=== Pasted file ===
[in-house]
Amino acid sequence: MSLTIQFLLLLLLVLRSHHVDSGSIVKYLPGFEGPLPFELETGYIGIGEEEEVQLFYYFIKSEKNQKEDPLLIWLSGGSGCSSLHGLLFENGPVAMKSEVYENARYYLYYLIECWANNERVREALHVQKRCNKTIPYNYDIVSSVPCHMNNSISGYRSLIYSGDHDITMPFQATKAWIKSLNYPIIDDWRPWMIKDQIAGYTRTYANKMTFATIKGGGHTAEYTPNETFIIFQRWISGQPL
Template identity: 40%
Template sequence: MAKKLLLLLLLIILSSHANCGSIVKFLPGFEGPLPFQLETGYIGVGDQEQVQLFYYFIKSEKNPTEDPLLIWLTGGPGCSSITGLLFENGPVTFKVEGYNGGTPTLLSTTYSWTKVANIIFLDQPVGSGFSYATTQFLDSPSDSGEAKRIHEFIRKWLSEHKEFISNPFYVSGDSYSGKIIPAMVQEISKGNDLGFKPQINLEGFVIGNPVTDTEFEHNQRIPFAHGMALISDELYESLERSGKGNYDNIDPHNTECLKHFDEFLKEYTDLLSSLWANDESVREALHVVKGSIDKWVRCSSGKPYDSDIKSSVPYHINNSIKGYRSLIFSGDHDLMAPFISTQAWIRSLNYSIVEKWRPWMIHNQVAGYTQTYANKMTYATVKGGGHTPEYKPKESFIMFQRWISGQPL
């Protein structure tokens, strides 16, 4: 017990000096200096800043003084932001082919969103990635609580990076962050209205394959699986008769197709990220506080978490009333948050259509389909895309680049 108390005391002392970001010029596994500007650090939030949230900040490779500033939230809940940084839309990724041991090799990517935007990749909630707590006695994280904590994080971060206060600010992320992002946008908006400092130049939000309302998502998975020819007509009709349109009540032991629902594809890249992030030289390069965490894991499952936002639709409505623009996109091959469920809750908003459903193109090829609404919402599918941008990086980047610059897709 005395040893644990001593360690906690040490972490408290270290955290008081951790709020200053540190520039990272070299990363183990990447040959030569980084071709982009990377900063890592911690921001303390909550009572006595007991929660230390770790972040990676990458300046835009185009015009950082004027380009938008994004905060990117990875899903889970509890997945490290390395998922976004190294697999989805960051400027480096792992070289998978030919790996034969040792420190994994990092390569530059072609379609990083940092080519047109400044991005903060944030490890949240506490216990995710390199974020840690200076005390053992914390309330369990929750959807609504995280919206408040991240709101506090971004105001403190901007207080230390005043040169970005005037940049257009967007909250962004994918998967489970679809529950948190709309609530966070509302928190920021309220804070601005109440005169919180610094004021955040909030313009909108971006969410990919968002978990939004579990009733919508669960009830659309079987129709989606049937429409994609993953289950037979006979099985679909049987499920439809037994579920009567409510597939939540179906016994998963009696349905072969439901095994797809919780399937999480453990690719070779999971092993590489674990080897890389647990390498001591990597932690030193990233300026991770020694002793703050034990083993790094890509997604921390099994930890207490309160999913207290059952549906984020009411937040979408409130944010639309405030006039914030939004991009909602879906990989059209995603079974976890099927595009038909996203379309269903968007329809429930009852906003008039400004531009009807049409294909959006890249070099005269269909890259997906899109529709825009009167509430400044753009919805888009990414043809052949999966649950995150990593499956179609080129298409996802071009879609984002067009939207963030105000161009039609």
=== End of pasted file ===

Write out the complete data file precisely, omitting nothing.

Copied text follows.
[in-house]
Amino acid sequence: MSLTIQFLLLLLLVLRSHHVDSGSIVKYLPGFEGPLPFELETGYIGIGEEEEVQLFYYFIKSEKNQKEDPLLIWLSGGSGCSSLHGLLFENGPVAMKSEVYENARYYLYYLIECWANNERVREALHVQKRCNKTIPYNYDIVSSVPCHMNNSISGYRSLIYSGDHDITMPFQATKAWIKSLNYPIIDDWRPWMIKDQIAGYTRTYANKMTFATIKGGGHTAEYTPNETFIIFQRWISGQPL
Template identity: 40%
Template sequence: MAKKLLLLLLLIILSSHANCGSIVKFLPGFEGPLPFQLETGYIGVGDQEQVQLFYYFIKSEKNPTEDPLLIWLTGGPGCSSITGLLFENGPVTFKVEGYNGGTPTLLSTTYSWTKVANIIFLDQPVGSGFSYATTQFLDSPSDSGEAKRIHEFIRKWLSEHKEFISNPFYVSGDSYSGKIIPAMVQEISKGNDLGFKPQINLEGFVIGNPVTDTEFEHNQRIPFAHGMALISDELYESLERSGKGNYDNIDPHNTECLKHFDEFLKEYTDLLSSLWANDESVREALHVVKGSIDKWVRCSSGKPYDSDIKSSVPYHINNSIKGYRSLIFSGDHDLMAPFISTQAWIRSLNYSIVEKWRPWMIHNQVAGYTQTYANKMTYATVKGGGHTPEYKPKESFIMFQRWISGQPL
């Protein structure tokens, strides 16, 4: 017990000096200096800043003084932001082919969103990635609580990076962050209205394959699986008769197709990220506080978490009333948050259509389909895309680049 108390005391002392970001010029596994500007650090939030949230900040490779500033939230809940940084839309990724041991090799990517935007990749909630707590006695994280904590994080971060206060600010992320992002946008908006400092130049939000309302998502998975020819007509009709349109009540032991629902594809890249992030030289390069965490894991499952936002639709409505623009996109091959469920809750908003459903193109090829609404919402599918941008990086980047610059897709 005395040893644990001593360690906690040490972490408290270290955290008081951790709020200053540190520039990272070299990363183990990447040959030569980084071709982009990377900063890592911690921001303390909550009572006595007991929660230390770790972040990676990458300046835009185009015009950082004027380009938008994004905060990117990875899903889970509890997945490290390395998922976004190294697999989805960051400027480096792992070289998978030919790996034969040792420190994994990092390569530059072609379609990083940092080519047109400044991005903060944030490890949240506490216990995710390199974020840690200076005390053992914390309330369990929750959807609504995280919206408040991240709101506090971004105001403190901007207080230390005043040169970005005037940049257009967007909250962004994918998967489970679809529950948190709309609530966070509302928190920021309220804070601005109440005169919180610094004021955040909030313009909108971006969410990919968002978990939004579990009733919508669960009830659309079987129709989606049937429409994609993953289950037979006979099985679909049987499920439809037994579920009567409510597939939540179906016994998963009696349905072969439901095994797809919780399937999480453990690719070779999971092993590489674990080897890389647990390498001591990597932690030193990233300026991770020694002793703050034990083993790094890509997604921390099994930890207490309160999913207290059952549906984020009411937040979408409130944010639309405030006039914030939004991009909602879906990989059209995603079974976890099927595009038909996203379309269903968007329809429930009852906003008039400004531009009807049409294909959006890249070099005269269909890259997906899109529709825009009167509430400044753009919805888009990414043809052949999966649950995150990593499956179609080129298409996802071009879609984002067009939207963030105000161009039609």